82 An optical encoder is a device for measuring rotational speed. The equations that define the operation of a closed-loop NC positioning system one similar to those for an open-loop system. In the optical encoder, the angle between slots in the disk is: α : (deg/slot) ns : number of slots in disk n p : # of pulses sensed by the encoder &emitted A : angle of rotation of the encoder shaft Closed-Loop Positioning Systems

83 The pulse train generated by the encoder is compared with position and feed rate specified in the pant program, and the difference is used by the MCU to drive a servomotor, which drives the worktable. Closed-loop NC is good for milling and turning because of the reactionary force that resists the movement of the table. x : worktable pos. p : lead screw pitch(mm/rev) vt : worktable velocity (mm/min) fr : feederate (mm/min) fp : frequency of the pulse train (Hz,pulse / sec ) Closed-Loop Positioning Systems

84 7.5.3 Precision in NC Positioning NC positioning system has three measures of precision : 1. Control resolution 2. Accuracy 3. Repeatability Worst-case scenario Gear back lash, deflection,etc.. (distinguishable points) By the MCU (smaller is better)

85 CR1 : Electromechanical (mm) CR2 : Computer control system (mm) L : Axis range (mm) B : Number of bits in the devoted bit storage register Both equations can be used for open or closed loop. Standard-deviation * Typical value of CR is mm Precision in NC Positioning

86 7.6 NC Part Programming Consists of planning and documenting the sequence of processing steps to be performed on an NC machine. Methods of part programming : 1. Manual part programming. 2. Computer-assisted part programming. 3. Part programming using CAD/CAM. 4. Manual data input.

87 7.6.1 Manual Part Programming The programmer prepares the NC code using a low-level machine language, which is based on binary numbers. This language is understood by the MCU. NC uses a combination of binary and decimal number systems. Called the “binary-coded decimal (BCD) system”, for example, the decimal value 1250 is coded in BCD as the following table.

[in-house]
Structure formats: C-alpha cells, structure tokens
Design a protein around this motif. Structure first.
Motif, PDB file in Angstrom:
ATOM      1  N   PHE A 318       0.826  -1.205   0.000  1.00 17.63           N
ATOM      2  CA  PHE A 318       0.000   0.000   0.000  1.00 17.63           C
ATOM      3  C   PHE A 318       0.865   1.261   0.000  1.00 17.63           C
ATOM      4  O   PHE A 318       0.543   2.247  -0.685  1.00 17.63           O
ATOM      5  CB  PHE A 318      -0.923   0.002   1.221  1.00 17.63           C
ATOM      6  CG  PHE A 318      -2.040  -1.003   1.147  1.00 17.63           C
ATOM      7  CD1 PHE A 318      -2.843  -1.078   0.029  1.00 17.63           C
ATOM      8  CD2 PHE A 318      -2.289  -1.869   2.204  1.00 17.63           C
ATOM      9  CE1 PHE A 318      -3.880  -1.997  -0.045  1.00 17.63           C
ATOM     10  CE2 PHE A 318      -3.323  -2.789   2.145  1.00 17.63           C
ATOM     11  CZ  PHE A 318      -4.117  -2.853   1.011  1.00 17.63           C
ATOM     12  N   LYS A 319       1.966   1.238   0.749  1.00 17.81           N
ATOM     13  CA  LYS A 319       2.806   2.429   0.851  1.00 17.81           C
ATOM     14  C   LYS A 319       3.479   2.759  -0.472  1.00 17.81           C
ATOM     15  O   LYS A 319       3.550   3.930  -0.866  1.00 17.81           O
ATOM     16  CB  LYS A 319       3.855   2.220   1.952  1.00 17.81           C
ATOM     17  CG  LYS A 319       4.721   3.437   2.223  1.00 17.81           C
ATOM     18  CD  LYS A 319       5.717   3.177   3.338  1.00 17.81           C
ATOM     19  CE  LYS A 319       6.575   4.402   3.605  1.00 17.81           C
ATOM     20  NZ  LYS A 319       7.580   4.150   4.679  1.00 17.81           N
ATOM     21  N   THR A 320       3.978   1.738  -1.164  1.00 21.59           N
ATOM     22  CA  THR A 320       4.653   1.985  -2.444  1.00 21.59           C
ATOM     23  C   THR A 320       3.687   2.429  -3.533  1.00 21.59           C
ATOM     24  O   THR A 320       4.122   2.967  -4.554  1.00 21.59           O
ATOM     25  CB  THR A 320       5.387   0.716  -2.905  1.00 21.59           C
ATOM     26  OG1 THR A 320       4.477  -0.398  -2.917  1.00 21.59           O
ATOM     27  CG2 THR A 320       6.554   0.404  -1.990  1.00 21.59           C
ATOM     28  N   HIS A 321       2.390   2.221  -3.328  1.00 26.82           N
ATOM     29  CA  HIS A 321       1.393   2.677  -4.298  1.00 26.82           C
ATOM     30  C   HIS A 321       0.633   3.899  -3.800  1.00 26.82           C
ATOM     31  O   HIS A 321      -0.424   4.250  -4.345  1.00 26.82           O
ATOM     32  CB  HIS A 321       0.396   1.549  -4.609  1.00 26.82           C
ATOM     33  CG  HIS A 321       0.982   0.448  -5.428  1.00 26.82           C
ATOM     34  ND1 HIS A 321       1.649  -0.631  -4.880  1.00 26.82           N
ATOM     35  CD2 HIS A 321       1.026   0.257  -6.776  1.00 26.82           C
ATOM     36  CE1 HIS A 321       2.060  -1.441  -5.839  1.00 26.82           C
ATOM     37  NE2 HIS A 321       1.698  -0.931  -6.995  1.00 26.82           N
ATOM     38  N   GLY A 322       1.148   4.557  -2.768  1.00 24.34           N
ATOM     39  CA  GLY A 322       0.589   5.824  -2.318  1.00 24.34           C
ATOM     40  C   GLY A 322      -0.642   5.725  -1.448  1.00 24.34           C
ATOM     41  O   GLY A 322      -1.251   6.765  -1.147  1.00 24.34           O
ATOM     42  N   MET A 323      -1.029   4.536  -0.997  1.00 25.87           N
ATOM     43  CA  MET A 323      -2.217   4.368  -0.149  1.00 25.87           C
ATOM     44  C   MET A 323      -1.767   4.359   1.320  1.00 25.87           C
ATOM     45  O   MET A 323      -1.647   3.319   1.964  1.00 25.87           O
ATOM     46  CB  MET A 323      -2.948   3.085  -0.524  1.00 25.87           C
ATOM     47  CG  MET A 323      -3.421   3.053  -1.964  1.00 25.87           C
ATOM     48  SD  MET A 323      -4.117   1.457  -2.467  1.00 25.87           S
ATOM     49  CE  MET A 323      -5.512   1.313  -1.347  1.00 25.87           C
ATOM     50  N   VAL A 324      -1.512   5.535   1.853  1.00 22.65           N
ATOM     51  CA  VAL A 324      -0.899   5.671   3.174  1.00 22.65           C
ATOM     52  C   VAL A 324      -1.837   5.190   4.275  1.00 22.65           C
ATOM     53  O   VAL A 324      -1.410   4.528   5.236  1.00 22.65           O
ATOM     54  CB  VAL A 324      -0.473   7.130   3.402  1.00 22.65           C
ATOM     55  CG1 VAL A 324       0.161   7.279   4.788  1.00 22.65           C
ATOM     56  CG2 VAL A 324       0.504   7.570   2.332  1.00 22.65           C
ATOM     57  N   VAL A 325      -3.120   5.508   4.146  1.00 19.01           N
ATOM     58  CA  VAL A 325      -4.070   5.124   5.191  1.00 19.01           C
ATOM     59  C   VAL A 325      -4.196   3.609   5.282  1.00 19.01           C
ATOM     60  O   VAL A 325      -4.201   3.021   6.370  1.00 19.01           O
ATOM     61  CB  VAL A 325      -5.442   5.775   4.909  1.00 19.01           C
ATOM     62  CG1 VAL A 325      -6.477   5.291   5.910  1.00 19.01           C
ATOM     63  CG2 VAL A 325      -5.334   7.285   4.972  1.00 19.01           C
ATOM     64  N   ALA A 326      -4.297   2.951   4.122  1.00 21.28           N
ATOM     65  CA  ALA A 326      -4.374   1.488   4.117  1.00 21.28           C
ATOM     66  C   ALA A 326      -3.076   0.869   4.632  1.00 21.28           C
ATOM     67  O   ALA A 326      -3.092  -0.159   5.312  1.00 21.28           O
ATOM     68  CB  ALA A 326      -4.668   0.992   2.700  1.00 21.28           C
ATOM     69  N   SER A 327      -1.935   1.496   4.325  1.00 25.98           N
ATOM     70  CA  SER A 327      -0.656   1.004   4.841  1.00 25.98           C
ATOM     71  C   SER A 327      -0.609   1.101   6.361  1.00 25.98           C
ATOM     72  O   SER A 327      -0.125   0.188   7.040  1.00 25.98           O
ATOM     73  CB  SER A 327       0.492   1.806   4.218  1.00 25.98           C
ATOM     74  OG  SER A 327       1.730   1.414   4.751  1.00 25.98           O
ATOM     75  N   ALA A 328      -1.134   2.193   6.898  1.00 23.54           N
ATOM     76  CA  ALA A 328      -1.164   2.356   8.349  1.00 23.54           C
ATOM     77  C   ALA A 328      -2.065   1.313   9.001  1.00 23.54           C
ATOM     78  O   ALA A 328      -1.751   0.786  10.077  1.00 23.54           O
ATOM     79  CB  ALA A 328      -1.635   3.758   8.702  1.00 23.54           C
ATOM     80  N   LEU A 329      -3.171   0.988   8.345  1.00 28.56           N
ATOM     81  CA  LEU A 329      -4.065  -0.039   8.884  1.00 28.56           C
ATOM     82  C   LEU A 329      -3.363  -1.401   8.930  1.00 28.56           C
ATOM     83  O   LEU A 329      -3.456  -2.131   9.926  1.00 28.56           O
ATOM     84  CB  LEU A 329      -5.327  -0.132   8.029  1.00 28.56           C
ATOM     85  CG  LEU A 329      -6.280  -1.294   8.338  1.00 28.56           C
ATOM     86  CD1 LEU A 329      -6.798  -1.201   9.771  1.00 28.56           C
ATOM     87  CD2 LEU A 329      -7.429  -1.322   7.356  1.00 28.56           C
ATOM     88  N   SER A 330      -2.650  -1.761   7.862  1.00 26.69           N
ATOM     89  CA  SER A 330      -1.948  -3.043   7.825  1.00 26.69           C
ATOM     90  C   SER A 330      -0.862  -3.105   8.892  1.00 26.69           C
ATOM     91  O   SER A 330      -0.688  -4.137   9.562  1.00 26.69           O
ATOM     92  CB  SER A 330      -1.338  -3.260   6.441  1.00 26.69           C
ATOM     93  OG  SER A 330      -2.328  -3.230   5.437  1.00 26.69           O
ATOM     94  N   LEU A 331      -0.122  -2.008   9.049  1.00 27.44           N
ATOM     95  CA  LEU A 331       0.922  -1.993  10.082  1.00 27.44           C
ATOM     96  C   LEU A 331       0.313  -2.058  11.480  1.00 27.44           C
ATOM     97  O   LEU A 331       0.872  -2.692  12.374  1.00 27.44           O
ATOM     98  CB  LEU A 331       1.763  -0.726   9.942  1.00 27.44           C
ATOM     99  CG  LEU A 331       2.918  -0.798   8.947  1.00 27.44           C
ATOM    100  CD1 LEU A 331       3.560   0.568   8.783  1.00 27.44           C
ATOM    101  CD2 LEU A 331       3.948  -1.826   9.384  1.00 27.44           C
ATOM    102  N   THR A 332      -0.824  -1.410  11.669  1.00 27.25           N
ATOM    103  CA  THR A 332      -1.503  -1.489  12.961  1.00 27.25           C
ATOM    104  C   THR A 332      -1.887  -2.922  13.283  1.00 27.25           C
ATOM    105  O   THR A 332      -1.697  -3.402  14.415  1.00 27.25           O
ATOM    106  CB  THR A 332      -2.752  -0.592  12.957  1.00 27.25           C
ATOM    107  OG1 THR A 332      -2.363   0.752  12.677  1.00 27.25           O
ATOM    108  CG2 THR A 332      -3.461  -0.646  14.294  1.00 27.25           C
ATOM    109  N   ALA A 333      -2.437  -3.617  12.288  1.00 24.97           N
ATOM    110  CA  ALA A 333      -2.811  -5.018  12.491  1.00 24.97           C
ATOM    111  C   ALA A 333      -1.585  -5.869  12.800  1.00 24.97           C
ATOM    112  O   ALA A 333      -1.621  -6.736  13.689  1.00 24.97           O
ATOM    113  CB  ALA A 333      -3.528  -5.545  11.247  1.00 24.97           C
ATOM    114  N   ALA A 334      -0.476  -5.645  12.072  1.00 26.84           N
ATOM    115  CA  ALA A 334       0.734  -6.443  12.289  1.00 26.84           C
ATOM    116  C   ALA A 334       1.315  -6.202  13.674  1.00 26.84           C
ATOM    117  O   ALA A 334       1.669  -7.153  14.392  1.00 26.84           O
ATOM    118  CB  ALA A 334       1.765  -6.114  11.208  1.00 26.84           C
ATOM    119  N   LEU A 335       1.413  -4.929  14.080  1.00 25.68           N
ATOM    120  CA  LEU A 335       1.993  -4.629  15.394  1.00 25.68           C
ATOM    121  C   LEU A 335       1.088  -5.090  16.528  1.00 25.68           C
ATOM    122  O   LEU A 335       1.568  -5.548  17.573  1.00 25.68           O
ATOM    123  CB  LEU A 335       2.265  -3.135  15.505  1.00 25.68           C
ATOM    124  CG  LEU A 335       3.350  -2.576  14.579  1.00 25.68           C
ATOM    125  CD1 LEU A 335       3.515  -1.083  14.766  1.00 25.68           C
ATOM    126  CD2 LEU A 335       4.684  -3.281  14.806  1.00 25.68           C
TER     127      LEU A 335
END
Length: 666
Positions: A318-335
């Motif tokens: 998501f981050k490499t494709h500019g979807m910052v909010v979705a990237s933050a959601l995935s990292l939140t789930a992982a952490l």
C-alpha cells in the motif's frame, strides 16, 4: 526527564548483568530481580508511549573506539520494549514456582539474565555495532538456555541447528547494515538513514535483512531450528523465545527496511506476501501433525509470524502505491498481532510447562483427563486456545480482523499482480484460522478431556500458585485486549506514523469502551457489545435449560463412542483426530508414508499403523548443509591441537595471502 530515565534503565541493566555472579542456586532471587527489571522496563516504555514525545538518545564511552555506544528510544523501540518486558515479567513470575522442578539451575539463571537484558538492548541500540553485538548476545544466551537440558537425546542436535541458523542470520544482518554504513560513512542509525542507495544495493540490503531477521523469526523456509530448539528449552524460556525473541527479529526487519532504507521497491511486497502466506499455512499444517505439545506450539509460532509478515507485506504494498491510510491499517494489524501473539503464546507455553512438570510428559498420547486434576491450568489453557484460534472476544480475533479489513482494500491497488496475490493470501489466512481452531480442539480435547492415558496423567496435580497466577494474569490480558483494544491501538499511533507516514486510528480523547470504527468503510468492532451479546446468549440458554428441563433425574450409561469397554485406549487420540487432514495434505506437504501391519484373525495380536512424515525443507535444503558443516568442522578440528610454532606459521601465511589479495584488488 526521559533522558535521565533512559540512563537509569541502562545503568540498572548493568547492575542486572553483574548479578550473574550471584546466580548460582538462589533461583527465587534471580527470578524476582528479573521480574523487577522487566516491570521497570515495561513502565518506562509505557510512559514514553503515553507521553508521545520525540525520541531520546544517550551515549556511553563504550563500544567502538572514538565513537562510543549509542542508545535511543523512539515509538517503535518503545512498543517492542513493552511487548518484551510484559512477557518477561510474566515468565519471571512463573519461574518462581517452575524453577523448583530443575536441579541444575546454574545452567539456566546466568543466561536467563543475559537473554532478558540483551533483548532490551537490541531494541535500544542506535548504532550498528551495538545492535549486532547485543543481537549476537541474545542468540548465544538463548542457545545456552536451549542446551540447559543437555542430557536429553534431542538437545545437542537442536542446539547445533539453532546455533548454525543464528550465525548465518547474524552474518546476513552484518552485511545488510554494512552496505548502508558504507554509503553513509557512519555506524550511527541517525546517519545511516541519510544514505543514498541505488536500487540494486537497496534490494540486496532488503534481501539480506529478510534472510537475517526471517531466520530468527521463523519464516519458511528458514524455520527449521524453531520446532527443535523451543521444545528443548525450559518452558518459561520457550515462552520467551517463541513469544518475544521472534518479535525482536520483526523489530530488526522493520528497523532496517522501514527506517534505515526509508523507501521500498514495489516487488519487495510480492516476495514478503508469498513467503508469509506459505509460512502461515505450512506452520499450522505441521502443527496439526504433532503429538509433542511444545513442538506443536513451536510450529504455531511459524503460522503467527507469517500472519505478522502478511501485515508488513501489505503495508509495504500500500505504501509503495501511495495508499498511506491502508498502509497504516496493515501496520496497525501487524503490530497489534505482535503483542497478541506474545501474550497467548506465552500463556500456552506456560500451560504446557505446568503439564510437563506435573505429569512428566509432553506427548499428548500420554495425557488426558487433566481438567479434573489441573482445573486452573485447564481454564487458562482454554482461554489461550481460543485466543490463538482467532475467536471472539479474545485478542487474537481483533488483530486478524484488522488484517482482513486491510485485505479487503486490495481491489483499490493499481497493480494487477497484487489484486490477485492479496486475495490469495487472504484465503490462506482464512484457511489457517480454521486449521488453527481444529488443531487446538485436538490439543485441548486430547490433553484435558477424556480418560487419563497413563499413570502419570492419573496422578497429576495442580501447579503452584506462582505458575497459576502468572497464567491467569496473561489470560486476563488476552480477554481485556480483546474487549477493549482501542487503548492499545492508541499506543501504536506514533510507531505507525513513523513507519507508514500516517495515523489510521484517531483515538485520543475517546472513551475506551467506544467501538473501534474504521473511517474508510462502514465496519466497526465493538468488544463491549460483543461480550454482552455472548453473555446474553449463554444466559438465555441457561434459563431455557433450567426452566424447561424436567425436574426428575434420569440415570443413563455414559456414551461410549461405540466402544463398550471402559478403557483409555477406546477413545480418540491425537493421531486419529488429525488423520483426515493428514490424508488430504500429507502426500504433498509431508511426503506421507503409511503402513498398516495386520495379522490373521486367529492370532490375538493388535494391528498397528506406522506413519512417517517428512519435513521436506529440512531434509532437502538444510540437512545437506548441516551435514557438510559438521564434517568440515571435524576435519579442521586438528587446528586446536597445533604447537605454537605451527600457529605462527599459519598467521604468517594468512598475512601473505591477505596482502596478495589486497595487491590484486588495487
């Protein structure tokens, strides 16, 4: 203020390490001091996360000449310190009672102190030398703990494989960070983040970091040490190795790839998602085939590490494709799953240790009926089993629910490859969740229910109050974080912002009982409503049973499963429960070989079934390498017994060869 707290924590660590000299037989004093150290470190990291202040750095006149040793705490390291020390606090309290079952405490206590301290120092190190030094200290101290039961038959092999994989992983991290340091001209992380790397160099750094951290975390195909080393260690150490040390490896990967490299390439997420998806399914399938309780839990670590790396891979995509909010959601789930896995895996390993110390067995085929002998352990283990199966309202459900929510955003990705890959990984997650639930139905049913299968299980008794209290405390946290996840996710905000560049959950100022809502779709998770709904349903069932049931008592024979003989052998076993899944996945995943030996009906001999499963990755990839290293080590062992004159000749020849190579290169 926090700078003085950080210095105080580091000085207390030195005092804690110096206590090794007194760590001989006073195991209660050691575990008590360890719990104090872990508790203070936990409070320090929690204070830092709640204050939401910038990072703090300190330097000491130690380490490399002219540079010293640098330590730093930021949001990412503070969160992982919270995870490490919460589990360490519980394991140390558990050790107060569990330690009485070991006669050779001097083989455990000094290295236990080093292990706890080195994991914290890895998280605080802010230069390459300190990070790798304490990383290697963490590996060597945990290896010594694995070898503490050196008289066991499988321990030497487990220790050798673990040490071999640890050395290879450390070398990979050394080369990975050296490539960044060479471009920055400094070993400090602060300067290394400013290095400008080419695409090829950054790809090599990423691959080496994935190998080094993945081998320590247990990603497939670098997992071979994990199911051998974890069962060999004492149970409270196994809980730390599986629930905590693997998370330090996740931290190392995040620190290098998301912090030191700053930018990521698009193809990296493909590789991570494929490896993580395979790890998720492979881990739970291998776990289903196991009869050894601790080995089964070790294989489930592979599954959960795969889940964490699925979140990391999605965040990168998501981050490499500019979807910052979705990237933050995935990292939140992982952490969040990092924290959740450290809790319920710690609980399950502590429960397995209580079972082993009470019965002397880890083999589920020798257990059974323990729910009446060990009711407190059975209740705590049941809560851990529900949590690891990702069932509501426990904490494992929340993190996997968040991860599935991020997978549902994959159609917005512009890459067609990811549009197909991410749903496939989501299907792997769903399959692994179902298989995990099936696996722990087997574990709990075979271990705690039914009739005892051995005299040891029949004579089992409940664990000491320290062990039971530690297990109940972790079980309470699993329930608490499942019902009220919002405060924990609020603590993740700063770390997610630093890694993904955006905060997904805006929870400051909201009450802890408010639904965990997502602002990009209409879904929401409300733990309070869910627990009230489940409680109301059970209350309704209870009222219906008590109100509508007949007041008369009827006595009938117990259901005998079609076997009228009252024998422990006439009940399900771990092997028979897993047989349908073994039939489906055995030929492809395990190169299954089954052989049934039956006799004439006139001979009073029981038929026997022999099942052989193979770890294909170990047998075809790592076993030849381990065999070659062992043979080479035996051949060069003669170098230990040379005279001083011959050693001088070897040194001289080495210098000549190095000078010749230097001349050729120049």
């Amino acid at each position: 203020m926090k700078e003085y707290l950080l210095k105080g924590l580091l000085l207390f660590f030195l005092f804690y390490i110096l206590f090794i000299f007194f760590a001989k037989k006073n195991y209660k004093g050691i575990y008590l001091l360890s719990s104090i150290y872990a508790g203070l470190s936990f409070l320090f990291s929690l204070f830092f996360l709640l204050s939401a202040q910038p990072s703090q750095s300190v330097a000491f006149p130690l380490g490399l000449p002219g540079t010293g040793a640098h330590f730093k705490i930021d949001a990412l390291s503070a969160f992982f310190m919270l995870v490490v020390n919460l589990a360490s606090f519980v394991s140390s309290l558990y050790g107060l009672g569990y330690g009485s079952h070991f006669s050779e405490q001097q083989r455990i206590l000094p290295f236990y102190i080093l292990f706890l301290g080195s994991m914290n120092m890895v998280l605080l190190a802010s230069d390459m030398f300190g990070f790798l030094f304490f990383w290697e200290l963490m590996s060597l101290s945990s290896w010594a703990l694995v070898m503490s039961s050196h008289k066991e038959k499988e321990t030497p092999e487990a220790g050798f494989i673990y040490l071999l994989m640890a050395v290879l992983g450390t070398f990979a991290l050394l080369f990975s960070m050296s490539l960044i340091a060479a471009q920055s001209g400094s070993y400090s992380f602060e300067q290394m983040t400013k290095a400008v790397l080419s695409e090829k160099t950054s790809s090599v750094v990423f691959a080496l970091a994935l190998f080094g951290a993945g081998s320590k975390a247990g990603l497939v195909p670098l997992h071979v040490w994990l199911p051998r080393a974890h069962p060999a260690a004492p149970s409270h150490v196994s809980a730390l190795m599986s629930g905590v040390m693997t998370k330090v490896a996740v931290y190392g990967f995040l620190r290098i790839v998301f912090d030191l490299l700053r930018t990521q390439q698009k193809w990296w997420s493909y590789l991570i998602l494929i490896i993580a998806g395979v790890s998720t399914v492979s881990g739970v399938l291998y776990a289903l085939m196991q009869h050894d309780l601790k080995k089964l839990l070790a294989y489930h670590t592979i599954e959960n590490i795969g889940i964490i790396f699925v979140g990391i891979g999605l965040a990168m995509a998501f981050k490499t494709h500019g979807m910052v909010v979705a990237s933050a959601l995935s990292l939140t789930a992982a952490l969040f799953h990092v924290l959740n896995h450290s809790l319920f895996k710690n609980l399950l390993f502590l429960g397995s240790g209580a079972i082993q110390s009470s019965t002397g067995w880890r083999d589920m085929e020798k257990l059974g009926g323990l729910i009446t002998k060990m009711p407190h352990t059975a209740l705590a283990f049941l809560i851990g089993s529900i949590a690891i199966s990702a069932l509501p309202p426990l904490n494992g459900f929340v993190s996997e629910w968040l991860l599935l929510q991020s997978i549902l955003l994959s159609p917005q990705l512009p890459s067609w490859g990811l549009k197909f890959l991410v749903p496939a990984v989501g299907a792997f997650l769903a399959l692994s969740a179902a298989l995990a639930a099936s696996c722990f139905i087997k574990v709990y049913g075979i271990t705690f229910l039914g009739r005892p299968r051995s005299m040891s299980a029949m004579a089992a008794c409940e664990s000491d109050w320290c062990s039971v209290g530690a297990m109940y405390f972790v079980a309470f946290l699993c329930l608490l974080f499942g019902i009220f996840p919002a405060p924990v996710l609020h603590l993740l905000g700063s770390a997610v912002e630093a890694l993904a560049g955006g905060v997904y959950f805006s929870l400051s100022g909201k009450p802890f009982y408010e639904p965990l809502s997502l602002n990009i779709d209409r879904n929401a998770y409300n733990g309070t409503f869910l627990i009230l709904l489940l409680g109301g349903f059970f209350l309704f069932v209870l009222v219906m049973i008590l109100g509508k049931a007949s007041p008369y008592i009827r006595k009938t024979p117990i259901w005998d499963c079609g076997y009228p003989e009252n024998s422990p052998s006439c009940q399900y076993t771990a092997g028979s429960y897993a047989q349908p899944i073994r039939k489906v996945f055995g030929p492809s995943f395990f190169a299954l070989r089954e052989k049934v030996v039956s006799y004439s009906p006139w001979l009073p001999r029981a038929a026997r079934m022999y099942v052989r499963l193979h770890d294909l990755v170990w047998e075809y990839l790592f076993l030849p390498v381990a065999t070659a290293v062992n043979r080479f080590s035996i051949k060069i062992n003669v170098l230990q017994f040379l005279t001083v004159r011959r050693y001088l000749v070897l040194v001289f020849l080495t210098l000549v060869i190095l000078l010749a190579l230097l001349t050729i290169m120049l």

88 Decimal valueBinary numberNumber sequence st nd rd th 1250Sum Manual Part Programming

89 DecimalBinaryDecimalBinary Binary & decimal number conversion

90 In addition to numerical values, the NC coding system provides for alphabetical characteristics and other symbols. A “word” specifies a detail about the operation, such as x-position, y-position, feed rate and spindle speed. A “block” is one complete NC instruction, it specifies the destination for the move, speed and feed. “Block format” or (tape format) is the organization of “words” with a block. Modern Controllers use the word address format which uses a letter prefix and spaces to separate words, order of words is important. Manual Part Programming

91 Drilling Example : The two commands to perform the two drilling operations are : 1. N001 G00 X07000 Y03000 M03 2. N002 Y06000 Where : N : sequence # prefix X : x-axis prefix Y : y-axis prefix G-words are preparatory words

92 G-words (or G-codes) consists of two numerical digits (following “G” prefix ). For example, G00 prepares the controller for a point-to-point rapid traverse move between the previous point and the endpoint defined in the current command. M-words are used to specify miscellaneous are auxiliary functions available on the machine tool. The M03 in the example is used to start the spindle rotation. Manual Part Programming

93 The words in a block are usually given in the following order:  Sequence number (N-Word)  Preparatory word (G-word)  Coordinates (x-, y-, z- words for linear axis A-, B-, C- words for rotational axes)  Feed rate (F-word)  Spindle speed (S-word)  Tool Selection (T-word)  Miscellaneous command (M-word) Manual Part Programming

94 See Appendix A7 for the details of the coding system in manual part Program. Manual part programming are used for point-to-point as well as contouring jobs such as milling and turning. However, for computer 3-D machining operations, computer-assisted part programming is used. Manual Part Programming

95 7.6.2 Computer-Assisted Part Programming Manual part programming can be tedious in computer-assisted programming. The tasks are divided between the programmer and the computer : 1) The Part Programmers Job (Done 1 st ) The machining instructions are written in English-like statements that are subsequently translated by the computer into low-level machine code. The two main tasks of the programmer are : 1. Define the geometry of the part. 2. Specify the tool path and operation sequence.

96 Example : Geometry Elements : 1.Points 2.Lines 3.Circles Computer-Assisted Part Programming